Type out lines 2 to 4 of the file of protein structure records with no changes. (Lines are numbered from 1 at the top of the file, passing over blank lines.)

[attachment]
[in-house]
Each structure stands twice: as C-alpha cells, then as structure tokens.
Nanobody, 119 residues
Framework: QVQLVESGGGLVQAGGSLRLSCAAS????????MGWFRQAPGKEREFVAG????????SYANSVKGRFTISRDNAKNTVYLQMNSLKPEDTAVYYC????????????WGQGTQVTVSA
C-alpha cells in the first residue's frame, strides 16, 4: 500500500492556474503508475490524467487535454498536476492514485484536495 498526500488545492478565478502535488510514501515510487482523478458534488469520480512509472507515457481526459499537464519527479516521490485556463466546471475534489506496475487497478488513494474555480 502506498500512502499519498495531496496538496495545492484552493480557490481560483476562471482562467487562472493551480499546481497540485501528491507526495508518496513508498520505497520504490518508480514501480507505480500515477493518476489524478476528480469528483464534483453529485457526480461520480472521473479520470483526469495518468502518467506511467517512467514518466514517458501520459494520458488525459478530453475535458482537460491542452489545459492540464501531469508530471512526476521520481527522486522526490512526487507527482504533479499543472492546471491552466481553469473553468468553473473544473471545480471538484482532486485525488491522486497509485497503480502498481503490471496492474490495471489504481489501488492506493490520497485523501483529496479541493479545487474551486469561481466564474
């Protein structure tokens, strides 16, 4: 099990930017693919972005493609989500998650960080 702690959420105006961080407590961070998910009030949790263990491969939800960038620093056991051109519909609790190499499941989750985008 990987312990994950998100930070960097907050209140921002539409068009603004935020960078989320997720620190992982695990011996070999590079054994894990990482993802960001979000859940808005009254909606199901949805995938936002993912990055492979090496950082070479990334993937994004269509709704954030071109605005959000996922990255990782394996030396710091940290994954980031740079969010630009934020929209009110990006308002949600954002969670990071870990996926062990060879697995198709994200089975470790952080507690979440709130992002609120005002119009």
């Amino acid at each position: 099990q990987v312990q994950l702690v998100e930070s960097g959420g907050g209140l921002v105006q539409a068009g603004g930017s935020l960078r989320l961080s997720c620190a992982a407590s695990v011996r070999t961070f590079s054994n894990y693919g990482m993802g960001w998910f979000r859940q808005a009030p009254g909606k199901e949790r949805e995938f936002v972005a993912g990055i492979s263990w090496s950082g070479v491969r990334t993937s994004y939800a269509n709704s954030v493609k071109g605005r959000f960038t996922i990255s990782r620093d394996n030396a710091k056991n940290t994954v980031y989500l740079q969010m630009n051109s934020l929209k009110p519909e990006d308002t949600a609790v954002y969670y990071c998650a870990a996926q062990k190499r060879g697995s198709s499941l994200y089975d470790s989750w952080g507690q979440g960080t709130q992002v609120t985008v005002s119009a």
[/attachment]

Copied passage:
Each structure stands twice: as C-alpha cells, then as structure tokens.
Nanobody, 119 residues
Framework: QVQLVESGGGLVQAGGSLRLSCAAS????????MGWFRQAPGKEREFVAG????????SYANSVKGRFTISRDNAKNTVYLQMNSLKPEDTAVYYC????????????WGQGTQVTVSA